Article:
Series: Princeton Field Guides Series
664 pages, 337 plates with 1500+ colour photos; 313 b/w distribution maps1 customer review
Bovids are a diverse group of ruminant mammals that have hooves and unbranched hollow horns. Bovids of the World is the first comprehensive field guide to cover all 279 bovid species, including antelopes, gazelles, cattle, buffaloes, sheep, and goats. From the hartebeest of Africa and the takin of Asia to the muskox of North America, bovids are among the world's most spectacular animals and this stunningly illustrated and easy-to-use field guide is an ideal way to learn more about them.
Bovids of the World covers all species and subspecies of bovids described to date. It features more than 300 superb full-color plates depicting every kind of bovid, as well as detailed facing-page species accounts that describe key identification features, horn morphology, distribution, subspeciation, habitat, and conservation status in the wild. This book also shows where to observe each species and includes helpful distribution maps.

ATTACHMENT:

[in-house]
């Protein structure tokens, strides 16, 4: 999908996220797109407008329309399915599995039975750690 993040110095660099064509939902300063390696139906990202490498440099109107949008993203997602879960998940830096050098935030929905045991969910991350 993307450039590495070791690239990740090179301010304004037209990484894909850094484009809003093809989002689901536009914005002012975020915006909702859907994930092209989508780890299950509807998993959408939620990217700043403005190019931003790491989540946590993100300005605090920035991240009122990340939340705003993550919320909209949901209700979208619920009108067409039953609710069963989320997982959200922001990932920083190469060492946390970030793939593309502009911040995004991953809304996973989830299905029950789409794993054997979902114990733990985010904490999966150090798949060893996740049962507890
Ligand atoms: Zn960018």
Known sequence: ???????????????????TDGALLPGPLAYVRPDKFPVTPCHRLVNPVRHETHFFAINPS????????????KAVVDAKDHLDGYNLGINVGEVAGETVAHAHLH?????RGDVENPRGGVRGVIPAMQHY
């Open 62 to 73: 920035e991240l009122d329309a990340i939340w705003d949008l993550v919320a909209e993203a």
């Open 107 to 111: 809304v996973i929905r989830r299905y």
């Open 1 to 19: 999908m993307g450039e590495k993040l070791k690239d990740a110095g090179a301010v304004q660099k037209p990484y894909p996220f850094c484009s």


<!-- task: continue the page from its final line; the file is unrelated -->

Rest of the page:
Suitable for anyone with an interest in natural history, Bovids of the World is a remarkable and attractive reference, showcasing the range and beauty of these important mammals.
"This is a very good field guide, with excellent illustrations."
– Don E. Wilson, curator emeritus, Smithsonian Institution
"Timely, superb, and grounded in thorough research, this book displays the real diversity of the bovid species – in all its complexity and splendor."
– Fenton P. D. Cotterill, Stellenbosch University
Foreword by Brent Huffman and Colin Groves 5
Sunis, Royal Antelope, Pygmy Antelope 28
Reedbucks, Waterbucks, Rhebok 38
Gazelles, Oribis, Steenbok, Grysbok, Dik-diks 82
Sheep, Goats, and relatives 302
Horse Antelopes 466
Tsessebes, Topis, Hartebeests, Wildebeests 496
Nilgai, Four-horned Antelope 542
Spiral-horned Antelopes 546
Bison, Buffaloes, Cattle, Saola 596
José R. Castelló is a medical doctor with a particular interest in zoology and biology. He is a member of the American Society of Mammalogists and the Spanish Society for Conservation and Study of Mammals. He lives in Madrid.